Of course, there were other differences from the precision-based sport that is endurance racing at the 24 Hours of Le Mans. We didn‚Äôt have the likes of Tom Kristensen, Allan McNish and Andre Lotterer to pilot the Audi A3s for us. But we did know that we needed as much help from the Pros as possible. So we roped in Aditya Patel, the only Indian driver to have competed in and won his class at the prestigious 24 Hours of Nurburgring, Armaan Ebrahim, former A1GP and GP2 Asia racer who has now transitioned to GT racing, Rayomand Banajee multiple national karting and racing champion and now one of the most respected driver trainers in the country, Vishnu Prasad former Volkswagen Polo R Cup Champion and double FB02 champion, and Chittesh Mandody, twice national karting champion who has also made his mark with gritty performances in single-seater racing. And to balance out all the Pros at the event, we added our bunch of Ams from Team OD. All good drivers, albeit with limited racing experience. Bert, Halley, Rishaad and Alan rounded up our helmeted troopers.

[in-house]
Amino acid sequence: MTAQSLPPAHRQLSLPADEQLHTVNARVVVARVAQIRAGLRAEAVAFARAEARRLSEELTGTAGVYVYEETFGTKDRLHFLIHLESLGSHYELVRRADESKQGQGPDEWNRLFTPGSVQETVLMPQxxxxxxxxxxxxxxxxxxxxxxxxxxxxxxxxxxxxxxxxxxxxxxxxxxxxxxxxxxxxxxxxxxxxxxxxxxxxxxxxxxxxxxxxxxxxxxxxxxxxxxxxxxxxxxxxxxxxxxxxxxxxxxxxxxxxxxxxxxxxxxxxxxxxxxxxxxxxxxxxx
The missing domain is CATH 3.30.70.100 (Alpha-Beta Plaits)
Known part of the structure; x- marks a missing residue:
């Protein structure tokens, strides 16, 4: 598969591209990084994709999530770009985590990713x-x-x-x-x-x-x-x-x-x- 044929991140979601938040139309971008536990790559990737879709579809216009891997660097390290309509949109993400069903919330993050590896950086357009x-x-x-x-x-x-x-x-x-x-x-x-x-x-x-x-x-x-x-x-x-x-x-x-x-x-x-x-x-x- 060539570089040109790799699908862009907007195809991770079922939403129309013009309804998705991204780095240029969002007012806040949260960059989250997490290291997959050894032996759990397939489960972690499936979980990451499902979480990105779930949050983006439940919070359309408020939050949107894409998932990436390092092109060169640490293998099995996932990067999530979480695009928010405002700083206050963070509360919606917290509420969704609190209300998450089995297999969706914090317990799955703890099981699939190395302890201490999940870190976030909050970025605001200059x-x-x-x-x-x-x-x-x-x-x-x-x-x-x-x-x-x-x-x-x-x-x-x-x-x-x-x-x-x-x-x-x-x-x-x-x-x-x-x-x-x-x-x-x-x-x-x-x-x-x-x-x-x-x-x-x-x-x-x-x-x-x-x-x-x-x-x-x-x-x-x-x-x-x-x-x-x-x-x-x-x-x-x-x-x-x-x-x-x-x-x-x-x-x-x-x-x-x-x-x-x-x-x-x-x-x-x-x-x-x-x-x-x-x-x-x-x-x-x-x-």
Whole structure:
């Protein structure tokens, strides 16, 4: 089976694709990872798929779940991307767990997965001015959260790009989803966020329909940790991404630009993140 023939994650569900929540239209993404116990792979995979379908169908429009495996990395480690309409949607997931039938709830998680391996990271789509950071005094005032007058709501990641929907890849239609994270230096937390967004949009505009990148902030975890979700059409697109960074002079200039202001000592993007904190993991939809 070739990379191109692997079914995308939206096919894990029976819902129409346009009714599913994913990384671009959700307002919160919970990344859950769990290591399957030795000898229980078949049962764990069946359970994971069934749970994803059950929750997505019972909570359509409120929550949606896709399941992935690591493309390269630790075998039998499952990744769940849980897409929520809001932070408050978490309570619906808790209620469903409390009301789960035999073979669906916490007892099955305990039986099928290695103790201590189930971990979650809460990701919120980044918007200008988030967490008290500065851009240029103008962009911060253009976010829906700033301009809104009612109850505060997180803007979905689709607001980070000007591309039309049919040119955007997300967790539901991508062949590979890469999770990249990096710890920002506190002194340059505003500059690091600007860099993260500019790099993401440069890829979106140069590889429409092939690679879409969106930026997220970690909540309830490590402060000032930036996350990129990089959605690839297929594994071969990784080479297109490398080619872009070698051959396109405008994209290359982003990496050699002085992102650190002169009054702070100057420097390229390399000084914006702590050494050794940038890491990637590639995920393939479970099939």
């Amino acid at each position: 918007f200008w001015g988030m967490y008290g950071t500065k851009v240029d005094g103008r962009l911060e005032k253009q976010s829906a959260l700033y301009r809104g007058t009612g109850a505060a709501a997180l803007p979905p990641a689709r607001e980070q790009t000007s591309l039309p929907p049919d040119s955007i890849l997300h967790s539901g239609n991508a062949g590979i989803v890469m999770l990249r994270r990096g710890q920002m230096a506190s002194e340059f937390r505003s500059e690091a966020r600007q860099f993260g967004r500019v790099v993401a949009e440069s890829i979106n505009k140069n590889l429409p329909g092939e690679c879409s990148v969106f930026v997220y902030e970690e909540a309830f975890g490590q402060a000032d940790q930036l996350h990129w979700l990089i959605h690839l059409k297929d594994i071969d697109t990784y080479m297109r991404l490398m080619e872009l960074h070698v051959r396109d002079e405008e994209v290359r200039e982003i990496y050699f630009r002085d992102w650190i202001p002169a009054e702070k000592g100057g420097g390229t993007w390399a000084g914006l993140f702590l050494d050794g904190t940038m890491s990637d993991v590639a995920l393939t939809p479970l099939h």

But, if we really wanted to live the Le Mans life and do it right, we needed someone to crack the whip on all of us and make sure that the otherwise right foot heavy racers would behave themselves. Someone who‚Äôd also make sure that our pitstops weren‚Äôt slack, but as fast as a bunch of untrained greenhorns could manage. But most importantly someone who knew enough to take a quick call of when to call a car in, and when to take the risk of keeping it out on track even though the bars on the fuel gauge were dropping faster than the Greek economy. And we found exactly the person we needed in Sirish Vissa, head of motorsport, Volkswagen India. Vissa has seven years of Le Mans experience under his belt, from the time that he worked as race engineer for the American Panoz team. And when we saw him banish a pesky camera crew who wanted us to do a mock pitstop for them to film again, in the middle of our endurance run (in the middle of it I tell you!) we knew we‚Äôd found just the right man for the job. ‚ÄúI don‚Äôt care who you lot are, my cars stay out and don‚Äôt stop until my event is done with,‚ÄĚ he bellowed, somehow still with a broad grin on his face. Result – hastily retreating camera crew. Oh, and he also terrorised our racers. Chittesh, who was doing a balancing act on a piece of pipe just before the race start was given a stern ‚ÄúYou will get off that pipe because I don‚Äôt need a racer with a twisted ankle!‚ÄĚ Surely enough the young lad soon put his feet back on terra firma.